Pick of The Week
 
 

Before they are gone (April 7, 2006)


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These days are your last chance to watch a particularly nice group of sunspots. The gang with the poetic names AR 10865, 10866, 10867 and 10868 (AR stands for "active region") has been moving across the visible solar hemisphere over the last days and will soon rotate to the farside of the sun. The Sun does not rotate like a solid body, but experiences differential rotation: The regions close to the solar equator habe a rotation period of 25 days, while the regions close to the poles move more slowly and complete one rotation in around 35 days. The image above shows a so-called magnetogram taken with SOHO's MDI instrument, which is a graphic representation of the solar magnetic field strengths and polarities.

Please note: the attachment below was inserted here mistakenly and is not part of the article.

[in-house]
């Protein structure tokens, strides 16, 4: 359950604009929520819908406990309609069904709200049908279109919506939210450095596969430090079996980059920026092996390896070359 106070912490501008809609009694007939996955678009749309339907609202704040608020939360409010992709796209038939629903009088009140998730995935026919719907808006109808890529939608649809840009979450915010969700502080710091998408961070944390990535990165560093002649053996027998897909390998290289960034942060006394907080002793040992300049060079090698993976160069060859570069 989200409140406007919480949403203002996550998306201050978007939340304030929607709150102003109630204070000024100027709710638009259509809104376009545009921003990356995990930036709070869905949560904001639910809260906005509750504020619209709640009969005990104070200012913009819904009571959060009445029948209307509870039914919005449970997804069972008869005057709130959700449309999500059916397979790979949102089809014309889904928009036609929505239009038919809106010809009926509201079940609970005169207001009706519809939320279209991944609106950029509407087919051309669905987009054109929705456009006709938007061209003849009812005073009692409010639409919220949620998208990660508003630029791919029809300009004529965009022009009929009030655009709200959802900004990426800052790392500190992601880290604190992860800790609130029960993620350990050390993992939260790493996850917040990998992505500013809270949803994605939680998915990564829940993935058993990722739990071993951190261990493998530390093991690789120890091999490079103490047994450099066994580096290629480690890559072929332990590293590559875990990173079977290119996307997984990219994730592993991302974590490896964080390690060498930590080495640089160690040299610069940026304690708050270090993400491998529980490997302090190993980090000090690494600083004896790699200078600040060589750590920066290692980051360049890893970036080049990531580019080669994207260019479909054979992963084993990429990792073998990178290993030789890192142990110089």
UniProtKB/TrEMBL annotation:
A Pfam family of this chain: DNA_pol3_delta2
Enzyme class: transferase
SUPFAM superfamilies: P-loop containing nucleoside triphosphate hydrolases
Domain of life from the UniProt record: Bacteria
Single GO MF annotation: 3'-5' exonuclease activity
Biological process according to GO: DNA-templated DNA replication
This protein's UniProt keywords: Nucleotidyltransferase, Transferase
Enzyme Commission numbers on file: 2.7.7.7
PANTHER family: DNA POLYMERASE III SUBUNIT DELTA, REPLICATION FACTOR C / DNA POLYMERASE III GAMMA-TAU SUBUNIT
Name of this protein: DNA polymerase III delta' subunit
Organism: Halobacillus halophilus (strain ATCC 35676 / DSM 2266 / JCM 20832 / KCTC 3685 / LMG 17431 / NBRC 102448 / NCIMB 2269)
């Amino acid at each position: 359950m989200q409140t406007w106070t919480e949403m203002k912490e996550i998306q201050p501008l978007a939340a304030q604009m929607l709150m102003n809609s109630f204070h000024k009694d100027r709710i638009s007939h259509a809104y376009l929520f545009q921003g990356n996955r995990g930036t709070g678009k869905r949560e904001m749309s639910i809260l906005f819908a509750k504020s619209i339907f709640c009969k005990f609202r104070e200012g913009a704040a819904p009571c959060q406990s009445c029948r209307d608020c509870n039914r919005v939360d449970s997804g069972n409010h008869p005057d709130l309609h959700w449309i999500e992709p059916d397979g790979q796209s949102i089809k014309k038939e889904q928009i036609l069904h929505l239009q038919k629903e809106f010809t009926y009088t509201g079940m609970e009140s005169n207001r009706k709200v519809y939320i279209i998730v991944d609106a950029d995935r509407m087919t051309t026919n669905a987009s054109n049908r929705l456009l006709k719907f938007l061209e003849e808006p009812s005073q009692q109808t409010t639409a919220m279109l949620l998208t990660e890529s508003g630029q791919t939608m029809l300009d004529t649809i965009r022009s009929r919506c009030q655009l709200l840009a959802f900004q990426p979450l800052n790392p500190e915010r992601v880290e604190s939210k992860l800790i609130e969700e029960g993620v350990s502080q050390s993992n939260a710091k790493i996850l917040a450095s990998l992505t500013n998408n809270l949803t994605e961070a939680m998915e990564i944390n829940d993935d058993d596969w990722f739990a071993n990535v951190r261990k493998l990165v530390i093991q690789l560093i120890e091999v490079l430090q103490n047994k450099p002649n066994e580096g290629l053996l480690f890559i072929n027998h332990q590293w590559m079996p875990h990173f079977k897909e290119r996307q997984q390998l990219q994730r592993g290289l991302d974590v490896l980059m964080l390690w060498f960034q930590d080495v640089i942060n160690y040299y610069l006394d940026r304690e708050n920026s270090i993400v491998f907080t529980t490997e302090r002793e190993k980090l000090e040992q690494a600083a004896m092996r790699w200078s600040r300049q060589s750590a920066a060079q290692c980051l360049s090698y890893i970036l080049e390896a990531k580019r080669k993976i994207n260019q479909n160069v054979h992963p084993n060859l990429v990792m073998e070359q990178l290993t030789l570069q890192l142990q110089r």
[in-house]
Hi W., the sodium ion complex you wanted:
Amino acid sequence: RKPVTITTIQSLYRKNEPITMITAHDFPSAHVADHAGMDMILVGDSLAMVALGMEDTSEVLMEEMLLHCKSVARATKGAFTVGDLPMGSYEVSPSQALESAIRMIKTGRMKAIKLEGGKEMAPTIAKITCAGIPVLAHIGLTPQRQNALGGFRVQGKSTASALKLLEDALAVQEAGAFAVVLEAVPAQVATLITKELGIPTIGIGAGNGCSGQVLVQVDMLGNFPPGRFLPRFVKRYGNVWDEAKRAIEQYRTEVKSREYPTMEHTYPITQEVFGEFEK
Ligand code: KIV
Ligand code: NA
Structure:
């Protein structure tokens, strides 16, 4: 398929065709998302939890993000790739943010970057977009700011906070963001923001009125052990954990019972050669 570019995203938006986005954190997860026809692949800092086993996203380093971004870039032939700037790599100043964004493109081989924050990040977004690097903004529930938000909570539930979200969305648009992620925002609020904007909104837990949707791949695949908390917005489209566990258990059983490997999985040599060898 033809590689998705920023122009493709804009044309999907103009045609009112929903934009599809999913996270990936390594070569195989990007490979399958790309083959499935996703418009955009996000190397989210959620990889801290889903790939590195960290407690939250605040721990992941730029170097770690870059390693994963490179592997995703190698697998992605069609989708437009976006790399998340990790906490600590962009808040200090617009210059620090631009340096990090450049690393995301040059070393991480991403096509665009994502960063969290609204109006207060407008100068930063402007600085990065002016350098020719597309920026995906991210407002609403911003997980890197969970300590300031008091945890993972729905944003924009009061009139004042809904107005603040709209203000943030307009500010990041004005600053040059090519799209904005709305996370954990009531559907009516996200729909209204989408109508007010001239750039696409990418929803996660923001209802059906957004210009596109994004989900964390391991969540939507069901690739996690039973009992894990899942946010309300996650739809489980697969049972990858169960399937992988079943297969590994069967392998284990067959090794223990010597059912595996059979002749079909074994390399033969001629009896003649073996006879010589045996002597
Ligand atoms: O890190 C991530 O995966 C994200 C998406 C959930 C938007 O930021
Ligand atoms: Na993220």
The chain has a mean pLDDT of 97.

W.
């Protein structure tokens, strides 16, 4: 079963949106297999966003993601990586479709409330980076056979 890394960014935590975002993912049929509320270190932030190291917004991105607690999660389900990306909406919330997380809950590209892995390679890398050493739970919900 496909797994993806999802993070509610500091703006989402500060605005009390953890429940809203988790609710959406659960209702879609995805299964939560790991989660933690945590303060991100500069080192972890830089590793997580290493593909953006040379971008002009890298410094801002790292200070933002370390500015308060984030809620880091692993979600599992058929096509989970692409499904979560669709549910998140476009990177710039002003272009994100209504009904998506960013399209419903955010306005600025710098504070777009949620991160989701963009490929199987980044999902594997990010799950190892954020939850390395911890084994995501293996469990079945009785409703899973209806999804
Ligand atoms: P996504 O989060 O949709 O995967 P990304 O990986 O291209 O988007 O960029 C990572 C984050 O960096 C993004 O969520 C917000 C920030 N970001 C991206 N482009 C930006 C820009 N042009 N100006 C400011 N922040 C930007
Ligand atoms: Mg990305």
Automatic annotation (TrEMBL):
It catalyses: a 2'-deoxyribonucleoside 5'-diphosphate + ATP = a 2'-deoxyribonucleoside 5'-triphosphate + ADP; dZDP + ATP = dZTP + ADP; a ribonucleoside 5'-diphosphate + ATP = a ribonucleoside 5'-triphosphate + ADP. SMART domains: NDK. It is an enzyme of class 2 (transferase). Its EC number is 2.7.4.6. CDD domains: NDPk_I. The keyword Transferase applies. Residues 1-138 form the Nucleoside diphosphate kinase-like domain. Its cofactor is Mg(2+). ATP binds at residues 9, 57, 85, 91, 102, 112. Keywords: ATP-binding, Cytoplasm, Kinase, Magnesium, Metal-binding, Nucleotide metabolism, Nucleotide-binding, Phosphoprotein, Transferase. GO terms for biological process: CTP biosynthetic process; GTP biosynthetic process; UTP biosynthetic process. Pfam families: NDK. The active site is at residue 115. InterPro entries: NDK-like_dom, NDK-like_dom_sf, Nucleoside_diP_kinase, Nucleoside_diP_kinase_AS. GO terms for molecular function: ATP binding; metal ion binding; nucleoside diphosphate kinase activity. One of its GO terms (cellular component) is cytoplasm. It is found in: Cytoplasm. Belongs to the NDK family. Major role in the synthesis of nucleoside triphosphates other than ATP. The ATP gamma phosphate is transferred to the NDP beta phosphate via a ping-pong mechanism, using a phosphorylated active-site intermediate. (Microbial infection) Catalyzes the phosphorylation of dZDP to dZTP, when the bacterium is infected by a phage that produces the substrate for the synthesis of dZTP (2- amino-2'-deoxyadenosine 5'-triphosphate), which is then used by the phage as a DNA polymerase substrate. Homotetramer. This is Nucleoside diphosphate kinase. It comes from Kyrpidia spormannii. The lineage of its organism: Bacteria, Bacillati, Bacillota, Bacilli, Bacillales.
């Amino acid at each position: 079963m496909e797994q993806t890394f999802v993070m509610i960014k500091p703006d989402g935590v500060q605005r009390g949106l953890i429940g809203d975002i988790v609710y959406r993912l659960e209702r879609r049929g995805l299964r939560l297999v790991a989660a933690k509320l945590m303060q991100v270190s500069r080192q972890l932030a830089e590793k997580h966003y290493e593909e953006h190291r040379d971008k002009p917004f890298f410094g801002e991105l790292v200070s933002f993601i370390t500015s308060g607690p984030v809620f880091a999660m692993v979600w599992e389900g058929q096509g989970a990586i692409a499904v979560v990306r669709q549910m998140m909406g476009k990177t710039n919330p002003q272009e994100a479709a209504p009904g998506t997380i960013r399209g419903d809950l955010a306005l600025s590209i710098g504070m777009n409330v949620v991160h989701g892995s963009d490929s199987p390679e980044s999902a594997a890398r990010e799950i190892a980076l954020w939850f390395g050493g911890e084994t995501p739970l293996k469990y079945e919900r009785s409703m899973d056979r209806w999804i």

Previous Picks of the Week

SOHO began its Weekly Pick some time after sending a weekly image or video clip to the American Museum of Natural History (Rose Center) in New York City. There, the SOHO Weekly Pick is displayed with some annotations on a large plasma display.

If your institution would also like to receive the same Weekly Pick from us for display (usually in Photoshop or QuickTime format), please send your inquiry to steele.hill@gsfc.nasa.gov.

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